Sir Aurel Stein was described by Sir Denison Ross (1871-1940) as “the pride of two nations”. From 1887 he lived in India making his knowledge available in his adopted country, Britain, which provided the opportunities for him to work in areas where he could make best use of his knowledge and expertise. The geographical distance, however, did not break him away from his native Hungary, where he spent his formative years and developed his academic foundations. He regularly visited Hungary, and remained in close contact with representatives of Hungarian intellectual life. During his brief sojourns in Budapest, he lectured at the Hungarian Academy of Sciences, of which he was a member since 1895. Throughout his life he supported the Academy with donations, bequeathing his printed books, part of his manuscripts, and his photographic collection of over 7,000 items to the library of the Academy.

This exhibition introduces Sir Aurel Stein, the man and the scholar, with reproductions of photographs, maps, letters and manuscripts from the Aurel Stein Collection preserved in the Library of the Hungarian Academy of Sciences, and other Hungarian collections, supplemented by rare books and publications from the holdings of the University of Hong Kong Libraries, and the private collection of Dr Paul Kan.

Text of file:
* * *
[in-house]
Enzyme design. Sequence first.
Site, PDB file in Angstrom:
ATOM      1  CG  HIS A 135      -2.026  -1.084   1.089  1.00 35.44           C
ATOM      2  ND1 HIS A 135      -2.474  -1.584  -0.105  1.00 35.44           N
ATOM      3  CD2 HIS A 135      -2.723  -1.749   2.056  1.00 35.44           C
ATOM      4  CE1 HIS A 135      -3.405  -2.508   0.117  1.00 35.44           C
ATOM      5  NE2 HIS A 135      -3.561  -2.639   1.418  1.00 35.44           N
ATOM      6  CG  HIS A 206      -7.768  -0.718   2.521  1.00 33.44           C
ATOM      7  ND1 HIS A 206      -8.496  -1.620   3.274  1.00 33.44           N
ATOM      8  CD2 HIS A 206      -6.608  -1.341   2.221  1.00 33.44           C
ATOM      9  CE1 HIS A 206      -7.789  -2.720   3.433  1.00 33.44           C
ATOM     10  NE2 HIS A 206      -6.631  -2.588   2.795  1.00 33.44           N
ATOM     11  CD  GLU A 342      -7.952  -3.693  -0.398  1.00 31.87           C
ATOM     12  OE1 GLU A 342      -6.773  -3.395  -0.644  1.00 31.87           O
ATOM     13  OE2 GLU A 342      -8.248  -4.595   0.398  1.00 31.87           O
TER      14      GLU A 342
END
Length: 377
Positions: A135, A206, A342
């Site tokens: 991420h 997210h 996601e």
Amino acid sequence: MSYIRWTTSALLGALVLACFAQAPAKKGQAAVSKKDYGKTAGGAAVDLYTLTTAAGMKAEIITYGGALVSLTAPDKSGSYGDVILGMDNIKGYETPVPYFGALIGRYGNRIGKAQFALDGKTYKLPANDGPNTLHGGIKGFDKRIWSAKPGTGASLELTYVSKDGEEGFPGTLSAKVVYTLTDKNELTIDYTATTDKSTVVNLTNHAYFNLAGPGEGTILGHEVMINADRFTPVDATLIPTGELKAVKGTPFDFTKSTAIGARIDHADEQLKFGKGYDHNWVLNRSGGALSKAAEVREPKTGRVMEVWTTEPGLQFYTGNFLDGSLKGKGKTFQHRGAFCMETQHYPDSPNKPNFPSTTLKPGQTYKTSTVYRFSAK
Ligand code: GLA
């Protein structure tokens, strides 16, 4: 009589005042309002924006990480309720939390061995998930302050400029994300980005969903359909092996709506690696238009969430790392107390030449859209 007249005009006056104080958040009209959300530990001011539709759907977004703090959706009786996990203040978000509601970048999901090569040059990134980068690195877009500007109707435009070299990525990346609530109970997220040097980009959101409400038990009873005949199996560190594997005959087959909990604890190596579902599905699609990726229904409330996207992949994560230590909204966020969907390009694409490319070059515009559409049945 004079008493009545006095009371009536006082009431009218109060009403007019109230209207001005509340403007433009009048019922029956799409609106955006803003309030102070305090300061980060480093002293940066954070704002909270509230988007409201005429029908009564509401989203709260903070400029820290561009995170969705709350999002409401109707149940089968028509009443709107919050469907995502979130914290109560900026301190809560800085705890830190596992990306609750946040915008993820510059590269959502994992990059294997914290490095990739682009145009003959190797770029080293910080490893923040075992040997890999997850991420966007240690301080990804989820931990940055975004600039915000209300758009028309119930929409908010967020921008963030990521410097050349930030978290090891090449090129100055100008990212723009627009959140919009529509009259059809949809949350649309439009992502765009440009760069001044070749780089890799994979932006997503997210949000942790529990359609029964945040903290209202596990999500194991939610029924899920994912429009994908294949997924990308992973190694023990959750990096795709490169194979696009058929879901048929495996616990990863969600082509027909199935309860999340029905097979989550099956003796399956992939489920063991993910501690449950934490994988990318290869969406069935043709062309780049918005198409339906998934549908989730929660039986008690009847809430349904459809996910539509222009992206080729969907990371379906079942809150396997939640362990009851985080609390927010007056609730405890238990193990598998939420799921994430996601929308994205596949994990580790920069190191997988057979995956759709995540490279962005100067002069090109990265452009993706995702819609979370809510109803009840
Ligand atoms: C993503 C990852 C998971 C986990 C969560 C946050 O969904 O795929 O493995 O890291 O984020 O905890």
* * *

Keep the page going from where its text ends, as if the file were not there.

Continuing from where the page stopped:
The Hungarian Orientalist, archaeologist and explorer Sir Marc Aurel Stein was interested in the meeting points of the great civilizations of the East and the West. His name and works have become inseparable from the history of the Silk Road, which was not merely an Eurasian trade route linking China with the Mediterranean, but a conduit of ideas, beliefs, styles of art and technologies. For over a thousand years from the second century B. C. onwards, Chinese, Indian, Iranian and classical Western culture converted and flourished here. It was the heritage and the written and material relics of these cultural encounters that attracted Stein to Central Asia.